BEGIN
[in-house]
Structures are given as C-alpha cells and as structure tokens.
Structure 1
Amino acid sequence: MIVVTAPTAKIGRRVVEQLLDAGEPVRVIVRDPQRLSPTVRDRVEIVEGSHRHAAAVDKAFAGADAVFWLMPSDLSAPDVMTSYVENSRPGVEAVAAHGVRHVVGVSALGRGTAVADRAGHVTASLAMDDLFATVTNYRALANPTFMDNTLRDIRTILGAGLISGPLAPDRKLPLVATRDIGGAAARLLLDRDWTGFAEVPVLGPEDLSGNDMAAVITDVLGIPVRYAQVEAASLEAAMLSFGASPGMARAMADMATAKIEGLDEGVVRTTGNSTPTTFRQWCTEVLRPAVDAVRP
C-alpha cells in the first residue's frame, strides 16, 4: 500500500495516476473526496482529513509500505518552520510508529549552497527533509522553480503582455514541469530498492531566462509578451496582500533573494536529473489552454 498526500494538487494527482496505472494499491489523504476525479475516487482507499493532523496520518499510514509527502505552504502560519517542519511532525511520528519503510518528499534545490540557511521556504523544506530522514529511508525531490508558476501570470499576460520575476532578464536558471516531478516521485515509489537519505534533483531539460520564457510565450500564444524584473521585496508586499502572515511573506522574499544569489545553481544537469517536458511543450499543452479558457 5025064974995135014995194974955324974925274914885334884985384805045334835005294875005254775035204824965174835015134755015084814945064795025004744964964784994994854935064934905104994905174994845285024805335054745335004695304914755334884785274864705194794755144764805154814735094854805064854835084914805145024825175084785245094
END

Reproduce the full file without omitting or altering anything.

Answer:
[in-house]
Structures are given as C-alpha cells and as structure tokens.
Structure 1
Amino acid sequence: MIVVTAPTAKIGRRVVEQLLDAGEPVRVIVRDPQRLSPTVRDRVEIVEGSHRHAAAVDKAFAGADAVFWLMPSDLSAPDVMTSYVENSRPGVEAVAAHGVRHVVGVSALGRGTAVADRAGHVTASLAMDDLFATVTNYRALANPTFMDNTLRDIRTILGAGLISGPLAPDRKLPLVATRDIGGAAARLLLDRDWTGFAEVPVLGPEDLSGNDMAAVITDVLGIPVRYAQVEAASLEAAMLSFGASPGMARAMADMATAKIEGLDEGVVRTTGNSTPTTFRQWCTEVLRPAVDAVRP
C-alpha cells in the first residue's frame, strides 16, 4: 500500500495516476473526496482529513509500505518552520510508529549552497527533509522553480503582455514541469530498492531566462509578451496582500533573494536529473489552454 498526500494538487494527482496505472494499491489523504476525479475516487482507499493532523496520518499510514509527502505552504502560519517542519511532525511520528519503510518528499534545490540557511521556504523544506530522514529511508525531490508558476501570470499576460520575476532578464536558471516531478516521485515509489537519505534533483531539460520564457510565450500564444524584473521585496508586499502572515511573506522574499544569489545553481544537469517536458511543450499543452479558457 5025064974995135014995194974955324974925274914885334884985384805045334835005294875005254775035204824965174835015134755015084814945064795025004744964964784994994854935064934905104994905174994845285024805335054745335004695304914755334884785274864705194794755144764805154814735094854805064854835084914805145024825175084785245094